Norfolk Island Regional Council

Mental health Literacy - Understanding Suicide


Of all the issues in mental health, suicide is the one we least want to talk about. Whether you’re struggling alone with suicidal thoughts, coping with someone at risk, or whether you’re trying to piece together your life after losing someone to suicide, the overwhelming sense of helplessness when the mind goes awry is not something that many people feel willing to discuss, and even fewer are confident discussing it constructively.


Having recently lost a very dear and highly respected colleague who took his own life following a tragic set of circumstances, this week’s topic is particularly personal. I’m not alone when I struggle to find answers to why this happened, and what any of us who cared so much could have done to prevent it. My colleague had a huge community of people around him who were inspired by his wisdom and expertise, yet he must have felt completely alone in those final moments. So as a legacy of sorts, I want us, in our community, to become more open about discussing all aspects of mental health, particularly suicide. Knowing how to recognise the risk factors and working together to strengthen the protective factors so none of our own need take that same path involves every one of us, and the starting point is bringing this issue out of the closet.

In 2016, an average of 7.85 people died by suicide in Australia each day - that’s 1.81% of all deaths . For men, the highest age-specific suicide rate was in the 85+ age group (34.0 per 100,000). For women, the highest age-specific suicide rate was in the 50-54 age group with 10.4 per 100,000. Over the past 10 years, the number of suicide deaths was approximately 3 times higher in males than females - 75.1% of people who died by suicide were male. Globally, suicide rates have increased 60% in the past 45 years, and few countries in the world have succeeded in dramatically lowering the death rates by suicide.

Numbers aside, the human side of suicide is very complex. There’s no doubt that people choose to take their own lives for many different reasons, and even at the individual level, there’s rarely only one trigger for suicide. Mental health problems such as depression remain the most common risk factor. When this is mixed with other problems such as drug or alcohol abuse (often to “self-medicate”), traumatic life events, financial problems, loss of loved ones to suicide or sudden death, feeling alone and unsupported or disconnected, and having made previous attempts, people’s coping capacity often runs dry. Once this happens, hopelessness can set in and with it a downward spiral where there seems to be no possible future, until the tipping point is reached. This might be actually quite a small event, but it trips the switch that makes life seem not worth living.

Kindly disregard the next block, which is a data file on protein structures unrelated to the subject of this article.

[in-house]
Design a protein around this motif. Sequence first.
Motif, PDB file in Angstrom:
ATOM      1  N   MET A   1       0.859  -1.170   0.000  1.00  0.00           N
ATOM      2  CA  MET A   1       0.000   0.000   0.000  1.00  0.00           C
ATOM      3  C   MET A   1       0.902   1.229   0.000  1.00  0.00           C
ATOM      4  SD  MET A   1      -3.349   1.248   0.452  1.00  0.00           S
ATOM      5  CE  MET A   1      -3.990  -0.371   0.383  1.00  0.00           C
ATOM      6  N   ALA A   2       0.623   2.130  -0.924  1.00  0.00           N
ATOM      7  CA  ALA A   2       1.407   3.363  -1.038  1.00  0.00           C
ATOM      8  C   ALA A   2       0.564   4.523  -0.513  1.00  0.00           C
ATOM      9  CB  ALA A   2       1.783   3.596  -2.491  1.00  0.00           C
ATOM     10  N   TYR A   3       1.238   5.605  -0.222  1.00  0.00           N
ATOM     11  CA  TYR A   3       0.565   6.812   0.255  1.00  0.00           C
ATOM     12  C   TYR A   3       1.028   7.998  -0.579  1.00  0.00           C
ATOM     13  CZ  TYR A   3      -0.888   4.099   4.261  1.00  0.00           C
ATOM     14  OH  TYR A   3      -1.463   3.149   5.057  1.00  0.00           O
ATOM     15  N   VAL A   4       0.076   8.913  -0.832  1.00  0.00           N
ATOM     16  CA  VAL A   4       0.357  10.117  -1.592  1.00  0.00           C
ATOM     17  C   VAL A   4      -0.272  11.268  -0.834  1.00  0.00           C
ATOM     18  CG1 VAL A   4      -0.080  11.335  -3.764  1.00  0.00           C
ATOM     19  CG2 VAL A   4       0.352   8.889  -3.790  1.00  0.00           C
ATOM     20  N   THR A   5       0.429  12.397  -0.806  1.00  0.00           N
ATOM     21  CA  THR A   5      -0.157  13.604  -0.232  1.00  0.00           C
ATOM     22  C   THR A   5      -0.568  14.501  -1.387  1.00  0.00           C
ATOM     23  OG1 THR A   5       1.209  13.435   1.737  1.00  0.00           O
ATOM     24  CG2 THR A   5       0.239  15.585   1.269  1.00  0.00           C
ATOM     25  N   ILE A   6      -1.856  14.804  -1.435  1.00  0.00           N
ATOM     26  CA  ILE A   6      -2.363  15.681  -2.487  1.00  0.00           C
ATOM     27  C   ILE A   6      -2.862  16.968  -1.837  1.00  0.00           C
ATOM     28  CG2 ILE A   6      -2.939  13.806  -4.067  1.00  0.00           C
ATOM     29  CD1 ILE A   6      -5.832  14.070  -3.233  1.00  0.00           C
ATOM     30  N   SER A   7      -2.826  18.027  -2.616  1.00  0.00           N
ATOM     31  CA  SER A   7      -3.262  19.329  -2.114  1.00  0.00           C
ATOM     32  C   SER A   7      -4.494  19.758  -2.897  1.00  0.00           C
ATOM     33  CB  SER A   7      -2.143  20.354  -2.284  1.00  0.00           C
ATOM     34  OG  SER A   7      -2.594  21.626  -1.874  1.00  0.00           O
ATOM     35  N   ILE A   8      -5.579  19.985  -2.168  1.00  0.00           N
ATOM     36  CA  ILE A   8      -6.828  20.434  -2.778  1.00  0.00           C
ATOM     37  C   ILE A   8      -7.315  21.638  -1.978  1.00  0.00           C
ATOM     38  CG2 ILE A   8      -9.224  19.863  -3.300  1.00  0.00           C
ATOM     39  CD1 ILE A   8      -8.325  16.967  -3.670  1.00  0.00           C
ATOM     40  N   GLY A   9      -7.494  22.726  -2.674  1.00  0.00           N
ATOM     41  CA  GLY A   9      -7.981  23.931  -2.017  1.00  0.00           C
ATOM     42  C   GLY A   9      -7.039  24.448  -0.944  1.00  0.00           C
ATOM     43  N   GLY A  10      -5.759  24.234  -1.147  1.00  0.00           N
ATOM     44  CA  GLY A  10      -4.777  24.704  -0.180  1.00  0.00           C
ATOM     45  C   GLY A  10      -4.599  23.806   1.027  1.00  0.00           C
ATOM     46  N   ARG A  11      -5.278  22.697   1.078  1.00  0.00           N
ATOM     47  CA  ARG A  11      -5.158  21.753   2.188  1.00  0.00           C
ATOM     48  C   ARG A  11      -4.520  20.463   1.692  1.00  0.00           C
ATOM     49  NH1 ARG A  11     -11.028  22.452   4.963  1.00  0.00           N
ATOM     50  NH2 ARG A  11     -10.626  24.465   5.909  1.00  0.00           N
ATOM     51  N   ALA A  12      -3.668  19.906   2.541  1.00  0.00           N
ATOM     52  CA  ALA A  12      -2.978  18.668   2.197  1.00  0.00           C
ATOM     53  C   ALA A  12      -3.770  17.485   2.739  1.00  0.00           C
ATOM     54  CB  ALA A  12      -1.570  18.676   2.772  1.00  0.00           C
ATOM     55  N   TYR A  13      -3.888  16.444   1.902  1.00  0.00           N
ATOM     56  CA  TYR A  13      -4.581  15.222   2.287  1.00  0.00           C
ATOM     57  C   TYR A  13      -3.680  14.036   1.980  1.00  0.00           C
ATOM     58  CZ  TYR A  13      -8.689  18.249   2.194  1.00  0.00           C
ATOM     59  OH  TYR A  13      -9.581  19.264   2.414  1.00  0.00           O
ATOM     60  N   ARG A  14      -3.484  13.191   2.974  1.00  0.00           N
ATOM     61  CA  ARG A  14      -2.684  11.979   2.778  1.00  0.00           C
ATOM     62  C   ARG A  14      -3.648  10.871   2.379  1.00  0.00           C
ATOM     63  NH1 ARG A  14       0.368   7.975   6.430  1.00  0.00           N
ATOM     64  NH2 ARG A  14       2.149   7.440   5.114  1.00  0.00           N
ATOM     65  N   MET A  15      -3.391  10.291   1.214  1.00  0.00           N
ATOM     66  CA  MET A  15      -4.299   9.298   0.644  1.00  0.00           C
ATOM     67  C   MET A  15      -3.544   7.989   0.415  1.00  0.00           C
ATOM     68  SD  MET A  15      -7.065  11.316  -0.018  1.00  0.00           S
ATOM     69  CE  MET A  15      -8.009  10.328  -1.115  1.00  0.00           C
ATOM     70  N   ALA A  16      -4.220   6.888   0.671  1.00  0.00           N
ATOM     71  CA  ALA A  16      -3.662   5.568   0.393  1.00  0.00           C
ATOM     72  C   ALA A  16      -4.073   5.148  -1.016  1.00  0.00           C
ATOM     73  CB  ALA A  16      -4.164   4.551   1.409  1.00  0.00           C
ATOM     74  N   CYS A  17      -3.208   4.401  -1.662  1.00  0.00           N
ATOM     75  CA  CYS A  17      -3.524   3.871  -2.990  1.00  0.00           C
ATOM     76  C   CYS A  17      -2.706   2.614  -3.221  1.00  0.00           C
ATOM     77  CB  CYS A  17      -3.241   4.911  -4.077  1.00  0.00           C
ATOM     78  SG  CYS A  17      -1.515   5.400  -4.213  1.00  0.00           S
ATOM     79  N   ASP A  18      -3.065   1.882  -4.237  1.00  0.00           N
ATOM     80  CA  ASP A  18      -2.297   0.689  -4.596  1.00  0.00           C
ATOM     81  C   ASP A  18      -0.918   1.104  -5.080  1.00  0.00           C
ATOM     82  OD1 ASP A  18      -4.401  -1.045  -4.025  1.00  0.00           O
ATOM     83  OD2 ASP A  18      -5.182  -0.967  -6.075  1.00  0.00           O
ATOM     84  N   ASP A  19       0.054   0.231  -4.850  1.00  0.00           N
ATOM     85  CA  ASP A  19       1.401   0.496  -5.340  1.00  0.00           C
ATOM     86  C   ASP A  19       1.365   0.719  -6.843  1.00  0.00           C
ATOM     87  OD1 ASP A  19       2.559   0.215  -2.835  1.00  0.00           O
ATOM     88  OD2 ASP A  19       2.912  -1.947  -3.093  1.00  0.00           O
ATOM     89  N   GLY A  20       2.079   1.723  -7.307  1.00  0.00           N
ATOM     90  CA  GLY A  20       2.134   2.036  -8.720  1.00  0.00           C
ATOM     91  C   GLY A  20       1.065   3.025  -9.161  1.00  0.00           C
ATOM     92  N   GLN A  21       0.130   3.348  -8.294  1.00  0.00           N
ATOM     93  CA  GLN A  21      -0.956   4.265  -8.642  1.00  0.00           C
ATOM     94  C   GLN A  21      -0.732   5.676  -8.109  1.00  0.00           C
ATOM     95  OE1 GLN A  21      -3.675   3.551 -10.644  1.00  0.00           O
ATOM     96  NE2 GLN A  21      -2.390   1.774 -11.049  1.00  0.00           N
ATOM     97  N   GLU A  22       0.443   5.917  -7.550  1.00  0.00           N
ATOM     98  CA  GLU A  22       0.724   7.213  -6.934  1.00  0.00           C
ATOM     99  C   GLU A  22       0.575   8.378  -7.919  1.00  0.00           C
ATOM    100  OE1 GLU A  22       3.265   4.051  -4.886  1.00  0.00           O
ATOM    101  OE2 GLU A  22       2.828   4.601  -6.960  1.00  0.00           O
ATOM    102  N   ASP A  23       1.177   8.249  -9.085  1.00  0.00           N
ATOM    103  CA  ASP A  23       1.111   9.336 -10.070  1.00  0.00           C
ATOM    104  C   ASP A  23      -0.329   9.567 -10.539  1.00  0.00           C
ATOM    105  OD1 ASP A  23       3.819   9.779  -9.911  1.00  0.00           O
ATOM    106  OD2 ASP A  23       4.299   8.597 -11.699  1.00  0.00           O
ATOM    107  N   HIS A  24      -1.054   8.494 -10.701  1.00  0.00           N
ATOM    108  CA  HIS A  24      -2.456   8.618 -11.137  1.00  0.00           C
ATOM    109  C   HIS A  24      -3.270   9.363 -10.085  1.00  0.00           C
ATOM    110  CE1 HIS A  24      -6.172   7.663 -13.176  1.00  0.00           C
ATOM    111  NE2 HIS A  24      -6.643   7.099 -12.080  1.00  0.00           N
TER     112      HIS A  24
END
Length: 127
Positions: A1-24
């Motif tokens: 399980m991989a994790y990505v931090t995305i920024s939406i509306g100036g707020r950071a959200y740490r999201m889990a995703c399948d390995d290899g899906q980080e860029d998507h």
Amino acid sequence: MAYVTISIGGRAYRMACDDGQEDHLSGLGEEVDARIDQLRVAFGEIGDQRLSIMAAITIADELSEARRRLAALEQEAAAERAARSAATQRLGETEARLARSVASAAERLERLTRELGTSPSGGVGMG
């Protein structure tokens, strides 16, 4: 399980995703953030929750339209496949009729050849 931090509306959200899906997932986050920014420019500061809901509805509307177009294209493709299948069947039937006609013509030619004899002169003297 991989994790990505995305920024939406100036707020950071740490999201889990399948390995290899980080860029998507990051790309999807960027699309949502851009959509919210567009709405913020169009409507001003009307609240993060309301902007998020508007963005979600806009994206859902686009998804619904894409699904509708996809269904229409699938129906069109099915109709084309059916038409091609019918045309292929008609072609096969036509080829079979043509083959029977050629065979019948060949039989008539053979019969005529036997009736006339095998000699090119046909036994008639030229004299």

The other side of the complex factors related to suicide is the personal experience of thoughts and emotions that can spiral out of control when too many bad things happen. It’s common when faced with difficulties to have negative thoughts, but mostly when this happens we shake ourselves up and find some light at the end of the tunnel. However, if this doesn’t happen, it can be scary, we may isolate ourselves even more and feel flooded with shame or guilt, or even feel foolish and weak. Irrational thoughts can take root, and the more we focus on these (rather than better alternatives), the more we develop a faulty thinking habit that seems to take over. Telling someone about these troubling thoughts often doesn’t go down well, which then just makes us feel even more isolated and hopeless.

Finland is one country that has tackled this issue with resounding success. Their   male suicide rate has declined every year for the past 27 years. So what’s their secret? Mainly, it’s been long-term comprehensive national programs tackling stigma and raising public awareness, as well as training health workers, school staff, police and other gatekeepers in good crisis responding. This involves making sure everyone has basic skills for recognising risk factors and knowing how to respond calmly and constructively whilst making it as easy as possible to get help when needed.

Like basic first aid, knowing the warning signs, being confident enough to start the conversation with someone we may be concerned about, recognising if our thinking patterns are going off track and feeling safe enough to ask for help, and creating a community where every one of us is valued and supported are simple building blocks for tackling this problem. If you’d like to find out more and start weaving together a whole-community response to building our resilience against these types of tragedies, come along to the next free community forum.

FREE INFORMATION SESSION – Wednesday 7 March 6.00 – 7.30 PM: Understanding Suicide – Risk and Prevention. Bookings essential please.


Dr Kate Lemerle, Psychologist
Chrysalis Counselling & Coaching, Norfolk Island
TEL: 52112 or email drkate@iinet.net.au

Please 'contact us' for more information.



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